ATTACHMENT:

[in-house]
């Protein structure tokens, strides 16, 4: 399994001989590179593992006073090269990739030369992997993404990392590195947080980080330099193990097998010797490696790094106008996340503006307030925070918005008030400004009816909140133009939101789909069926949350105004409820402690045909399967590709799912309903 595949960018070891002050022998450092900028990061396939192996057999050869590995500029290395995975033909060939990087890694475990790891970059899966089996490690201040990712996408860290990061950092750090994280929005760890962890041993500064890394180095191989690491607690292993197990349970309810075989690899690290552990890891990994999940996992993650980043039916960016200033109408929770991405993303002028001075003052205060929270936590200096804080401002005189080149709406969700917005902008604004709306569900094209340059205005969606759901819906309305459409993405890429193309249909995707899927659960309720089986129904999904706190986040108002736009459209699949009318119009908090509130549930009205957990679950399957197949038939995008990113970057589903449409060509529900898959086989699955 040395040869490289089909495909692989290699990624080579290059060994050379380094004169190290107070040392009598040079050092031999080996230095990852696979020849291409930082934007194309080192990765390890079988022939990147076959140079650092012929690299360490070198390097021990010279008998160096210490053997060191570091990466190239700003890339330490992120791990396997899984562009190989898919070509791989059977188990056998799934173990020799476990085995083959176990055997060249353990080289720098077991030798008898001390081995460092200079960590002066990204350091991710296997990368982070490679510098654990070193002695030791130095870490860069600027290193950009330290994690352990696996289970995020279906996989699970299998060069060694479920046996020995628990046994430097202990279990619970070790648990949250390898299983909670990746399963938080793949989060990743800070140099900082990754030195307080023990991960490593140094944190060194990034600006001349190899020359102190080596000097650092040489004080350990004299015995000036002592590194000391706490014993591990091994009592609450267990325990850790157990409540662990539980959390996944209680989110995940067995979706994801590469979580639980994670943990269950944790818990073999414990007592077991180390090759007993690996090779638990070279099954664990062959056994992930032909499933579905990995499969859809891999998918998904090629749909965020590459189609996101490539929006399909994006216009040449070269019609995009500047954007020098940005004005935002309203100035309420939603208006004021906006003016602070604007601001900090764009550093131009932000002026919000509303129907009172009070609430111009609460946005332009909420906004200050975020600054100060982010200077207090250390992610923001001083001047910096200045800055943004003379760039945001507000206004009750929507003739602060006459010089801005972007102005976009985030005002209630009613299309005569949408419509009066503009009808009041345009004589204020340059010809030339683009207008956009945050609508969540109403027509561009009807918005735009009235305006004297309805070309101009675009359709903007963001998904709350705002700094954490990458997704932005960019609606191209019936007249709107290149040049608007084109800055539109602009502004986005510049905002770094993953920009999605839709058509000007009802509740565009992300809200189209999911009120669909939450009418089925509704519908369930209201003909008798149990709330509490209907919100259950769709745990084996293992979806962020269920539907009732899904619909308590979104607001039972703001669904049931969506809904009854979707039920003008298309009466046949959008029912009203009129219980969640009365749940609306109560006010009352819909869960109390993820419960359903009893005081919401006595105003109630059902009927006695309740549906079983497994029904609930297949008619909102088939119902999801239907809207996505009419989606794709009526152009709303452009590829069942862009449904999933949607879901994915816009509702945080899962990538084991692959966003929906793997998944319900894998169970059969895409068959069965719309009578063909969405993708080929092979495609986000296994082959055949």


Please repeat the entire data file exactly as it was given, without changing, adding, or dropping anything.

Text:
[in-house]
């Protein structure tokens, strides 16, 4: 399994001989590179593992006073090269990739030369992997993404990392590195947080980080330099193990097998010797490696790094106008996340503006307030925070918005008030400004009816909140133009939101789909069926949350105004409820402690045909399967590709799912309903 595949960018070891002050022998450092900028990061396939192996057999050869590995500029290395995975033909060939990087890694475990790891970059899966089996490690201040990712996408860290990061950092750090994280929005760890962890041993500064890394180095191989690491607690292993197990349970309810075989690899690290552990890891990994999940996992993650980043039916960016200033109408929770991405993303002028001075003052205060929270936590200096804080401002005189080149709406969700917005902008604004709306569900094209340059205005969606759901819906309305459409993405890429193309249909995707899927659960309720089986129904999904706190986040108002736009459209699949009318119009908090509130549930009205957990679950399957197949038939995008990113970057589903449409060509529900898959086989699955 040395040869490289089909495909692989290699990624080579290059060994050379380094004169190290107070040392009598040079050092031999080996230095990852696979020849291409930082934007194309080192990765390890079988022939990147076959140079650092012929690299360490070198390097021990010279008998160096210490053997060191570091990466190239700003890339330490992120791990396997899984562009190989898919070509791989059977188990056998799934173990020799476990085995083959176990055997060249353990080289720098077991030798008898001390081995460092200079960590002066990204350091991710296997990368982070490679510098654990070193002695030791130095870490860069600027290193950009330290994690352990696996289970995020279906996989699970299998060069060694479920046996020995628990046994430097202990279990619970070790648990949250390898299983909670990746399963938080793949989060990743800070140099900082990754030195307080023990991960490593140094944190060194990034600006001349190899020359102190080596000097650092040489004080350990004299015995000036002592590194000391706490014993591990091994009592609450267990325990850790157990409540662990539980959390996944209680989110995940067995979706994801590469979580639980994670943990269950944790818990073999414990007592077991180390090759007993690996090779638990070279099954664990062959056994992930032909499933579905990995499969859809891999998918998904090629749909965020590459189609996101490539929006399909994006216009040449070269019609995009500047954007020098940005004005935002309203100035309420939603208006004021906006003016602070604007601001900090764009550093131009932000002026919000509303129907009172009070609430111009609460946005332009909420906004200050975020600054100060982010200077207090250390992610923001001083001047910096200045800055943004003379760039945001507000206004009750929507003739602060006459010089801005972007102005976009985030005002209630009613299309005569949408419509009066503009009808009041345009004589204020340059010809030339683009207008956009945050609508969540109403027509561009009807918005735009009235305006004297309805070309101009675009359709903007963001998904709350705002700094954490990458997704932005960019609606191209019936007249709107290149040049608007084109800055539109602009502004986005510049905002770094993953920009999605839709058509000007009802509740565009992300809200189209999911009120669909939450009418089925509704519908369930209201003909008798149990709330509490209907919100259950769709745990084996293992979806962020269920539907009732899904619909308590979104607001039972703001669904049931969506809904009854979707039920003008298309009466046949959008029912009203009129219980969640009365749940609306109560006010009352819909869960109390993820419960359903009893005081919401006595105003109630059902009927006695309740549906079983497994029904609930297949008619909102088939119902999801239907809207996505009419989606794709009526152009709303452009590829069942862009449904999933949607879901994915816009509702945080899962990538084991692959966003929906793997998944319900894998169970059969895409068959069965719309009578063909969405993708080929092979495609986000296994082959055949």